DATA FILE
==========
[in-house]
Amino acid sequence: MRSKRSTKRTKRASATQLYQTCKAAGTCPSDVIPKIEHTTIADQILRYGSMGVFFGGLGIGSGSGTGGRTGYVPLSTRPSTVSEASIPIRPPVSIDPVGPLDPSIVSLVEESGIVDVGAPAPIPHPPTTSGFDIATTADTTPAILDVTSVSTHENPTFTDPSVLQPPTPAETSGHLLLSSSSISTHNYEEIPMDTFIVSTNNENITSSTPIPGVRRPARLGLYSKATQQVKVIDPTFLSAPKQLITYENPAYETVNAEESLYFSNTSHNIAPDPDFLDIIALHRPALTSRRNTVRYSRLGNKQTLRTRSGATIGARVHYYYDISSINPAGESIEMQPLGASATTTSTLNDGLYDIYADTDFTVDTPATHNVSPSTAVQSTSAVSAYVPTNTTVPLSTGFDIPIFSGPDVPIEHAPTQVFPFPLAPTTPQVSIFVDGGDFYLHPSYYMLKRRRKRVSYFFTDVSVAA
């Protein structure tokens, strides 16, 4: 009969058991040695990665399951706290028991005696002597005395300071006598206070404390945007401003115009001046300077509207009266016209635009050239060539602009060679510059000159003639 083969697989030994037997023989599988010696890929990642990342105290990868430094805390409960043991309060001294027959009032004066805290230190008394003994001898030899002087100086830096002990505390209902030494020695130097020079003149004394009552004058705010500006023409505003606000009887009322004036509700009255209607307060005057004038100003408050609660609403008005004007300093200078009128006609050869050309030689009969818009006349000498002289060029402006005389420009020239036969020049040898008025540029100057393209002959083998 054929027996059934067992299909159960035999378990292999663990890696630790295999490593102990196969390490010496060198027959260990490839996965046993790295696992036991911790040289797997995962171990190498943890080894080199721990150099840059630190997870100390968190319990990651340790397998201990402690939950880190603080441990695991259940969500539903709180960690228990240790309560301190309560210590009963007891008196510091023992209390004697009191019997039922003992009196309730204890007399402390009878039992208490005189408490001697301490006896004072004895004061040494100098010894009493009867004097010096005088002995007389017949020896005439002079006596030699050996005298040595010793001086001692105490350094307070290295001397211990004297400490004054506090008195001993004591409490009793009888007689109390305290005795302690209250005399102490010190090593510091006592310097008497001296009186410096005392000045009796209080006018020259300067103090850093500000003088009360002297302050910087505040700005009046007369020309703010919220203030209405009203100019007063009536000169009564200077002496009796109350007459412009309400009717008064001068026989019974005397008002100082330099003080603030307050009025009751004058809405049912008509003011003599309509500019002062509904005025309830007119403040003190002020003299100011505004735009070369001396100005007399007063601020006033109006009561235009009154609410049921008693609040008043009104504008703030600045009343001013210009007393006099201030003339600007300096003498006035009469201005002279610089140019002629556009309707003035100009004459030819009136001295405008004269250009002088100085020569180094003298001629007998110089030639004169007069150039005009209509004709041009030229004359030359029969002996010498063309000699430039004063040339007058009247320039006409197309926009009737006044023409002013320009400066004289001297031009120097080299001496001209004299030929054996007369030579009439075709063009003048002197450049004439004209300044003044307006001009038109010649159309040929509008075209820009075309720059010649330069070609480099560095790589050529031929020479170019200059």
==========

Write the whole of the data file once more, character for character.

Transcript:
[in-house]
Amino acid sequence: MRSKRSTKRTKRASATQLYQTCKAAGTCPSDVIPKIEHTTIADQILRYGSMGVFFGGLGIGSGSGTGGRTGYVPLSTRPSTVSEASIPIRPPVSIDPVGPLDPSIVSLVEESGIVDVGAPAPIPHPPTTSGFDIATTADTTPAILDVTSVSTHENPTFTDPSVLQPPTPAETSGHLLLSSSSISTHNYEEIPMDTFIVSTNNENITSSTPIPGVRRPARLGLYSKATQQVKVIDPTFLSAPKQLITYENPAYETVNAEESLYFSNTSHNIAPDPDFLDIIALHRPALTSRRNTVRYSRLGNKQTLRTRSGATIGARVHYYYDISSINPAGESIEMQPLGASATTTSTLNDGLYDIYADTDFTVDTPATHNVSPSTAVQSTSAVSAYVPTNTTVPLSTGFDIPIFSGPDVPIEHAPTQVFPFPLAPTTPQVSIFVDGGDFYLHPSYYMLKRRRKRVSYFFTDVSVAA
């Protein structure tokens, strides 16, 4: 009969058991040695990665399951706290028991005696002597005395300071006598206070404390945007401003115009001046300077509207009266016209635009050239060539602009060679510059000159003639 083969697989030994037997023989599988010696890929990642990342105290990868430094805390409960043991309060001294027959009032004066805290230190008394003994001898030899002087100086830096002990505390209902030494020695130097020079003149004394009552004058705010500006023409505003606000009887009322004036509700009255209607307060005057004038100003408050609660609403008005004007300093200078009128006609050869050309030689009969818009006349000498002289060029402006005389420009020239036969020049040898008025540029100057393209002959083998 054929027996059934067992299909159960035999378990292999663990890696630790295999490593102990196969390490010496060198027959260990490839996965046993790295696992036991911790040289797997995962171990190498943890080894080199721990150099840059630190997870100390968190319990990651340790397998201990402690939950880190603080441990695991259940969500539903709180960690228990240790309560301190309560210590009963007891008196510091023992209390004697009191019997039922003992009196309730204890007399402390009878039992208490005189408490001697301490006896004072004895004061040494100098010894009493009867004097010096005088002995007389017949020896005439002079006596030699050996005298040595010793001086001692105490350094307070290295001397211990004297400490004054506090008195001993004591409490009793009888007689109390305290005795302690209250005399102490010190090593510091006592310097008497001296009186410096005392000045009796209080006018020259300067103090850093500000003088009360002297302050910087505040700005009046007369020309703010919220203030209405009203100019007063009536000169009564200077002496009796109350007459412009309400009717008064001068026989019974005397008002100082330099003080603030307050009025009751004058809405049912008509003011003599309509500019002062509904005025309830007119403040003190002020003299100011505004735009070369001396100005007399007063601020006033109006009561235009009154609410049921008693609040008043009104504008703030600045009343001013210009007393006099201030003339600007300096003498006035009469201005002279610089140019002629556009309707003035100009004459030819009136001295405008004269250009002088100085020569180094003298001629007998110089030639004169007069150039005009209509004709041009030229004359030359029969002996010498063309000699430039004063040339007058009247320039006409197309926009009737006044023409002013320009400066004289001297031009120097080299001496001209004299030929054996007369030579009439075709063009003048002197450049004439004209300044003044307006001009038109010649159309040929509008075209820009075309720059010649330069070609480099560095790589050529031929020479170019200059």